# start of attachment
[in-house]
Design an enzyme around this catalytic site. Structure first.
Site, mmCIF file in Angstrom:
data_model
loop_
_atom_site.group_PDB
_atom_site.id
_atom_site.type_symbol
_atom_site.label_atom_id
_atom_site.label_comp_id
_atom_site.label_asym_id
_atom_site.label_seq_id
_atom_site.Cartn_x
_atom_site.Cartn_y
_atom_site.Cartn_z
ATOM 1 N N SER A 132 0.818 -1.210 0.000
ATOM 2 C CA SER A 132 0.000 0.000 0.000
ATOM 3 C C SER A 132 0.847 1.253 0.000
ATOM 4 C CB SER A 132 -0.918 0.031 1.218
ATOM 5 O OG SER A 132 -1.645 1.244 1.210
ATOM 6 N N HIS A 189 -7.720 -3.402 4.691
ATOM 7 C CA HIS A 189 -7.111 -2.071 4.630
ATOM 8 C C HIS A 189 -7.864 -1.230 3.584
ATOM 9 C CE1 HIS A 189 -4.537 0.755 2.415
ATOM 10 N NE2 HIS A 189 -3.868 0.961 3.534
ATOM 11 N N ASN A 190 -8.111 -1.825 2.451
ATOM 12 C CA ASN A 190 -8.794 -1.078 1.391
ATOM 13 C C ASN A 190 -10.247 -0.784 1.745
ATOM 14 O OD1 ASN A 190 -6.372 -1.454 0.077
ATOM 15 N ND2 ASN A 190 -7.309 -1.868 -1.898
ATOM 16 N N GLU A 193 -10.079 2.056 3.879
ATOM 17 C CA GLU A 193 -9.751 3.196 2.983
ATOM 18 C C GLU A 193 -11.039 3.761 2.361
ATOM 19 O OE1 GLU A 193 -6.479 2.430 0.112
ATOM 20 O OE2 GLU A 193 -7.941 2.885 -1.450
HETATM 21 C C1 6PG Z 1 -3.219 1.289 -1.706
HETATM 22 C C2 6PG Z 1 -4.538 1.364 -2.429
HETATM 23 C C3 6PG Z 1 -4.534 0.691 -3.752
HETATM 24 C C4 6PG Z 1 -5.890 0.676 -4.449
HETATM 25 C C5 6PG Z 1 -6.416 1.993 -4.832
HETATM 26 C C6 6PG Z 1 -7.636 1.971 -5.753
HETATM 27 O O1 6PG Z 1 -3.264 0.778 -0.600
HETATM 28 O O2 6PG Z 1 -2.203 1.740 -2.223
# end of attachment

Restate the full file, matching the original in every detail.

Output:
[in-house]
Design an enzyme around this catalytic site. Structure first.
Site, mmCIF file in Angstrom:
data_model
loop_
_atom_site.group_PDB
_atom_site.id
_atom_site.type_symbol
_atom_site.label_atom_id
_atom_site.label_comp_id
_atom_site.label_asym_id
_atom_site.label_seq_id
_atom_site.Cartn_x
_atom_site.Cartn_y
_atom_site.Cartn_z
ATOM 1 N N SER A 132 0.818 -1.210 0.000
ATOM 2 C CA SER A 132 0.000 0.000 0.000
ATOM 3 C C SER A 132 0.847 1.253 0.000
ATOM 4 C CB SER A 132 -0.918 0.031 1.218
ATOM 5 O OG SER A 132 -1.645 1.244 1.210
ATOM 6 N N HIS A 189 -7.720 -3.402 4.691
ATOM 7 C CA HIS A 189 -7.111 -2.071 4.630
ATOM 8 C C HIS A 189 -7.864 -1.230 3.584
ATOM 9 C CE1 HIS A 189 -4.537 0.755 2.415
ATOM 10 N NE2 HIS A 189 -3.868 0.961 3.534
ATOM 11 N N ASN A 190 -8.111 -1.825 2.451
ATOM 12 C CA ASN A 190 -8.794 -1.078 1.391
ATOM 13 C C ASN A 190 -10.247 -0.784 1.745
ATOM 14 O OD1 ASN A 190 -6.372 -1.454 0.077
ATOM 15 N ND2 ASN A 190 -7.309 -1.868 -1.898
ATOM 16 N N GLU A 193 -10.079 2.056 3.879
ATOM 17 C CA GLU A 193 -9.751 3.196 2.983
ATOM 18 C C GLU A 193 -11.039 3.761 2.361
ATOM 19 O OE1 GLU A 193 -6.479 2.430 0.112
ATOM 20 O OE2 GLU A 193 -7.941 2.885 -1.450
HETATM 21 C C1 6PG Z 1 -3.219 1.289 -1.706
HETATM 22 C C2 6PG Z 1 -4.538 1.364 -2.429
HETATM 23 C C3 6PG Z 1 -4.534 0.691 -3.752
HETATM 24 C C4 6PG Z 1 -5.890 0.676 -4.449
HETATM 25 C C5 6PG Z 1 -6.416 1.993 -4.832
HETATM 26 C C6 6PG Z 1 -7.636 1.971 -5.753
HETATM 27 O O1 6PG Z 1 -3.264 0.778 -0.600
HETATM 28 O O2 6PG Z 1 -2.203 1.740 -2.223